Looking after our mental well-being is something everyone needs. Being mentally healthy can be good for your overall sense of well-being and can help you be resilient and cope with life’s many challenges.
Hearing loss can be one of the challenges many people face. The social and emotional impacts of hearing loss can be far reaching, and can cause considerable problems in our work, social and private life. Hearing healthcare clinicians can help you to improve your hearing, communication and social interactions. But if concerns bout your mental well-being persist, then we can also help connect you to a range of resources and professionals.
Stepped care is an evidence-based, staged approach to the delivery of mental well-being support. It includes four stages, from the least to the most intensive, that can be matched to your current needs.
The social & emotional impact of hearing loss.
Does your hearing difficulties make it hard to join in on the conversation or catch the punchline of a joke?
The social and emotional impacts of hearing loss are real, and help is available.
Step One | Recognise the need for help
Talk to people
Talk with your audiologist/audiometrist. We are trained to help you talk about and understand the various ways in which hearing loss may be affecting you.
Talk with your family and friends.
Talk with your neighbours, pastor/priest, social worker/support nurse.
When was your last hearing test?
Step Two | Self-guided help
Review hearing and communication needs
Not hearing well can be stressful. It is therefore not surprising that use of hearing devices not only helps improve our ability to hear, but also helps to improve our social connections, relationships and emotional well-being.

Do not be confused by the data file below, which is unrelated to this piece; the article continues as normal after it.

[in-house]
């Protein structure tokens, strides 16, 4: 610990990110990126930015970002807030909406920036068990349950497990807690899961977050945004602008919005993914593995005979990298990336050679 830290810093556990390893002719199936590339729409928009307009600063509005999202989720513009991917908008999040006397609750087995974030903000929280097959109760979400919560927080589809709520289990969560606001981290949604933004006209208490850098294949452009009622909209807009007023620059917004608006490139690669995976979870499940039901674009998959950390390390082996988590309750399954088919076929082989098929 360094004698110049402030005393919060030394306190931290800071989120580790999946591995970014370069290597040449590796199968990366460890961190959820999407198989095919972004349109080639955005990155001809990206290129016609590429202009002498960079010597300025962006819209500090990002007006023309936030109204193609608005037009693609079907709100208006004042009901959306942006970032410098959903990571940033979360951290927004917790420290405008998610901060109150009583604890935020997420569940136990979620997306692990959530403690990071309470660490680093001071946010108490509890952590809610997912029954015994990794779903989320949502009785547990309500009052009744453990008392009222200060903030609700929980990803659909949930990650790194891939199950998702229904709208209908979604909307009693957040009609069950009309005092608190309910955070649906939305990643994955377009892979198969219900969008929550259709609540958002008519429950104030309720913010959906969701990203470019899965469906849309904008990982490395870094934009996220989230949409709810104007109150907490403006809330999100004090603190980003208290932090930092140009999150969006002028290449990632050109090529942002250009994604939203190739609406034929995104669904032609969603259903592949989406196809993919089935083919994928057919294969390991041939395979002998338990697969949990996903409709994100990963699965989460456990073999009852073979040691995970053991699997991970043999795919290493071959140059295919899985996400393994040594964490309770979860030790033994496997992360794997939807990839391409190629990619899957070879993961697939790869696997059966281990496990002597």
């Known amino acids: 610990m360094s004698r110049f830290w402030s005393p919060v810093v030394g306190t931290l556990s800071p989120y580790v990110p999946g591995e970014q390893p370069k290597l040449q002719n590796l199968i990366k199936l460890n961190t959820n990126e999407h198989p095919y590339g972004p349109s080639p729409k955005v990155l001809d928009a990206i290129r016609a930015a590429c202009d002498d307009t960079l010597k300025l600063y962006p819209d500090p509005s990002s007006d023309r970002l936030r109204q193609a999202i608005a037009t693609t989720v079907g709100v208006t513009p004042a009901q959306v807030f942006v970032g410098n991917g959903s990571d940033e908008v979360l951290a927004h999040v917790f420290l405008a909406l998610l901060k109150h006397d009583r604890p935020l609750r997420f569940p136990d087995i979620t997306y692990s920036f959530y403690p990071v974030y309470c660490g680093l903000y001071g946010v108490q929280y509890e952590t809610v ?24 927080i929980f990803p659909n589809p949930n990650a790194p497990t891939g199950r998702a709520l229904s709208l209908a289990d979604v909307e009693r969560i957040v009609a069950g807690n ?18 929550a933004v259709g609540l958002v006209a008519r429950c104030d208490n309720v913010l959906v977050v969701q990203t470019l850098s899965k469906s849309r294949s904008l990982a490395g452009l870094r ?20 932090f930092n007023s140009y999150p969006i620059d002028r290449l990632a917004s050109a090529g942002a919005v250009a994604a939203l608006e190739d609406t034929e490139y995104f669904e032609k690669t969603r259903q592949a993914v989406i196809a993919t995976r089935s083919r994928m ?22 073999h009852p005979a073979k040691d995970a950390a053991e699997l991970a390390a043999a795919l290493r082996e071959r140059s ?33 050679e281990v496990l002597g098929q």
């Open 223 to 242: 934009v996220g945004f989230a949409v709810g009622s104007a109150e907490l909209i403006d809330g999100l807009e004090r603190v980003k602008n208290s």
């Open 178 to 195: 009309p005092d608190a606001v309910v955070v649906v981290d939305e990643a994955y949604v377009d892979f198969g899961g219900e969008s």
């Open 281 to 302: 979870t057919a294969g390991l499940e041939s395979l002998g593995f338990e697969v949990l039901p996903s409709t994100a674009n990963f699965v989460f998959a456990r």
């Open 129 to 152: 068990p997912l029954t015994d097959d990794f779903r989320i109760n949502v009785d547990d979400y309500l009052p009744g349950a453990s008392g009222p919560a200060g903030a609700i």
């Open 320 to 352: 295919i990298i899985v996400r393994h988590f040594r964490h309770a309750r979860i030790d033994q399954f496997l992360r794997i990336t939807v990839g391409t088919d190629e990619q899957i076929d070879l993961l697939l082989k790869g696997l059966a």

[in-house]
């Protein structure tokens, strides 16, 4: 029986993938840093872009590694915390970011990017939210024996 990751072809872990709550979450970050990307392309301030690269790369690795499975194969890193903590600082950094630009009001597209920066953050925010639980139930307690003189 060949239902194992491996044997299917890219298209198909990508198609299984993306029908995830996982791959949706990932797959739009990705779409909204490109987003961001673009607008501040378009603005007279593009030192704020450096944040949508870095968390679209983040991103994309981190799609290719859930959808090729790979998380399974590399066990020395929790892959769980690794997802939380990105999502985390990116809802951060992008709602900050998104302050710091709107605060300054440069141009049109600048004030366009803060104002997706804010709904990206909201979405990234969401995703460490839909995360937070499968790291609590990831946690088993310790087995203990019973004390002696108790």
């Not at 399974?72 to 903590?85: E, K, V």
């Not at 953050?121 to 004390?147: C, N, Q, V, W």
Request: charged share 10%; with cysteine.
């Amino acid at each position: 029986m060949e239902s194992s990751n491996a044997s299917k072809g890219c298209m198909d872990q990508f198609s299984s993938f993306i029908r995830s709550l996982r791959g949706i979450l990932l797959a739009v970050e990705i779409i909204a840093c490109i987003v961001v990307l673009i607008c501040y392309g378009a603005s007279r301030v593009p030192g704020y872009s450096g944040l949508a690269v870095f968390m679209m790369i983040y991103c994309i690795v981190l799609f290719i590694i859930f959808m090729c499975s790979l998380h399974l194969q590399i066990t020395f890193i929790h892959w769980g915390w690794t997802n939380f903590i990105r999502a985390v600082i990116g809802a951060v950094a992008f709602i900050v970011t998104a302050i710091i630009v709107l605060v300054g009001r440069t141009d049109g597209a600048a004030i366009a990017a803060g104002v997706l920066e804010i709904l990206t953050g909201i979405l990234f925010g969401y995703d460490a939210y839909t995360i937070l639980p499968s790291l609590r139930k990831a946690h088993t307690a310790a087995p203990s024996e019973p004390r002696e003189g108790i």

If you’re not hearing well, it might be time to consider hearing devices, or to have your existing hearing devices reprogrammed to ensure that they are working optimally.
Why we feel how we feel may not always be clear to us. Sometimes it can feel like we have no control over our own mood, which can be unsettling.
Learning more about how we think, feel and act can help de-clutter our head and put our mind at ease.
These websites have lots of easy to read information to learn about the many ways we can manage our emotional and mental well-being:
Relaxation isn’t only about peace of mind or enjoying a hobby. Relaxation is a process that decreases the effects of stress on your mind and body.
Relaxation techniques can help you cope with everyday stress and with stress related to various health problems, such as heart disease and pain.
Relaxation techniques can include deep breathing, massage, meditation, tai chi, yoga, music and art therapy, and aromatherapy.
Review diet, exercise & sleep
Have you heard the saying “health body, healthy mind”? Our physical health can influence how we feel, and vice versa.
Get actively social
Actively improve your social engagement, think about the family/friends that you would like to see more of, the social activities that you would like to partake in… and don’t let your mind talk you out of doing these things. Take the first steps and make it happen!
Talk with your hearing healthcare clinician about how we can help you get socially active.
A great website for finding sport, groups and activities near you